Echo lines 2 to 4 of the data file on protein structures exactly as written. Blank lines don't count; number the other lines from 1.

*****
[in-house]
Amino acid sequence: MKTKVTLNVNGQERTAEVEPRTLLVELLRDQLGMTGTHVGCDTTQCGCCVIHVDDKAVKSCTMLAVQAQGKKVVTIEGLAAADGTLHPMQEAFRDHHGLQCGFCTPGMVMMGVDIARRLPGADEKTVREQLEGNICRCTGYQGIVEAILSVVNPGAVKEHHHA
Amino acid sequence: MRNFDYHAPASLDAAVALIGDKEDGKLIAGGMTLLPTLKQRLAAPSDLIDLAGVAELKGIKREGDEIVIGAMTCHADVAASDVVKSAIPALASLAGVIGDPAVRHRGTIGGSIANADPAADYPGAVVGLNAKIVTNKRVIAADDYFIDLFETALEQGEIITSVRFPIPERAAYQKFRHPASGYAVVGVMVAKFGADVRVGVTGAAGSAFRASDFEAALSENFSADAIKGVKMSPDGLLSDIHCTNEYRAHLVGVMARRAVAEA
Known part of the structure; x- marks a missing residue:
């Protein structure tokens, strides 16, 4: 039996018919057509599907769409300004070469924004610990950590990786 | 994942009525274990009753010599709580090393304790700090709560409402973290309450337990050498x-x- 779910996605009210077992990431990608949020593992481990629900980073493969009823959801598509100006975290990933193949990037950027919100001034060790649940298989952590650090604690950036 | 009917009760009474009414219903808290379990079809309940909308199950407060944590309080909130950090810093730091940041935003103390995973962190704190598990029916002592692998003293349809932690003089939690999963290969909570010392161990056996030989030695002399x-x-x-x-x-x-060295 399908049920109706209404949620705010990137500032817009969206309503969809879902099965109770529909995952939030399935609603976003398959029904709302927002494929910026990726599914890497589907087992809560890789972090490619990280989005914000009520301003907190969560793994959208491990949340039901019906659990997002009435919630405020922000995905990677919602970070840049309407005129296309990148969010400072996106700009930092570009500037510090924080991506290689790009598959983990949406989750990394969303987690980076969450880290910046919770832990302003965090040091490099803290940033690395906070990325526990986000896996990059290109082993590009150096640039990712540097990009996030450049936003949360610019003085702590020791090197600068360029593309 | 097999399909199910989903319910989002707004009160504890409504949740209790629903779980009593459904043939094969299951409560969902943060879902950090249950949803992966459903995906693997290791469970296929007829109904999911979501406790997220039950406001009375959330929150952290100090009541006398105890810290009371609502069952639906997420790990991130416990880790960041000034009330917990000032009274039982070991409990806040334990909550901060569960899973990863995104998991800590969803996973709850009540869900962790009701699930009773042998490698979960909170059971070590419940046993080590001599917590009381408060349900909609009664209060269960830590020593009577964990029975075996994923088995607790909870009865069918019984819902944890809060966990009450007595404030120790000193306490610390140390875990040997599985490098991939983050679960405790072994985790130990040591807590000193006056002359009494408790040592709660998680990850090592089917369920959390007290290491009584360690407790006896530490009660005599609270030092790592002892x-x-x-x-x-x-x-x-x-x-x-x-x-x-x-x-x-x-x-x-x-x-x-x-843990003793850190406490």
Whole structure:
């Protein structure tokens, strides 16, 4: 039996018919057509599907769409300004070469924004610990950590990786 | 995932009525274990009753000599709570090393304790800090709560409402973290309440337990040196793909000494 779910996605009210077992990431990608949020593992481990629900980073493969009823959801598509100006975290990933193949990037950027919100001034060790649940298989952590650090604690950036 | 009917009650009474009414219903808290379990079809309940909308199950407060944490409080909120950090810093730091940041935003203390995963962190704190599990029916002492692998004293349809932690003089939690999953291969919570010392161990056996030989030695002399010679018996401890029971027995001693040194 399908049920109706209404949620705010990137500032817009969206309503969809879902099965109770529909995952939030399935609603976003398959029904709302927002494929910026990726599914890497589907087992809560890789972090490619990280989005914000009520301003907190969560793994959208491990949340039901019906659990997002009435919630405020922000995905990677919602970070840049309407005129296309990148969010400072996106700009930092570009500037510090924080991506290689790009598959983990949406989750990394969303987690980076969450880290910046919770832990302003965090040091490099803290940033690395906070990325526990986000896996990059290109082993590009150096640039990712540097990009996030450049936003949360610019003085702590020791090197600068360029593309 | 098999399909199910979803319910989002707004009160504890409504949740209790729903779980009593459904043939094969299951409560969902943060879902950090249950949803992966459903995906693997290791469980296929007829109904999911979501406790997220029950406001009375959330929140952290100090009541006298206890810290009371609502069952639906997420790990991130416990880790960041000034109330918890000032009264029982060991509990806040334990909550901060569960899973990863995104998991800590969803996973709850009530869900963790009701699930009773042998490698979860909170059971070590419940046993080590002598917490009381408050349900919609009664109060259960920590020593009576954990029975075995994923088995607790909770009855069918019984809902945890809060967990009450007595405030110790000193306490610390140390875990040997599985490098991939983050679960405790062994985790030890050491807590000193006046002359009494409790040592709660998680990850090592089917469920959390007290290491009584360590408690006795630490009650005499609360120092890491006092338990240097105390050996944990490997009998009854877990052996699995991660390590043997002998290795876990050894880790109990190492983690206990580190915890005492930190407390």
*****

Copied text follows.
Amino acid sequence: MKTKVTLNVNGQERTAEVEPRTLLVELLRDQLGMTGTHVGCDTTQCGCCVIHVDDKAVKSCTMLAVQAQGKKVVTIEGLAAADGTLHPMQEAFRDHHGLQCGFCTPGMVMMGVDIARRLPGADEKTVREQLEGNICRCTGYQGIVEAILSVVNPGAVKEHHHA
Amino acid sequence: MRNFDYHAPASLDAAVALIGDKEDGKLIAGGMTLLPTLKQRLAAPSDLIDLAGVAELKGIKREGDEIVIGAMTCHADVAASDVVKSAIPALASLAGVIGDPAVRHRGTIGGSIANADPAADYPGAVVGLNAKIVTNKRVIAADDYFIDLFETALEQGEIITSVRFPIPERAAYQKFRHPASGYAVVGVMVAKFGADVRVGVTGAAGSAFRASDFEAALSENFSADAIKGVKMSPDGLLSDIHCTNEYRAHLVGVMARRAVAEA
Known part of the structure; x- marks a missing residue: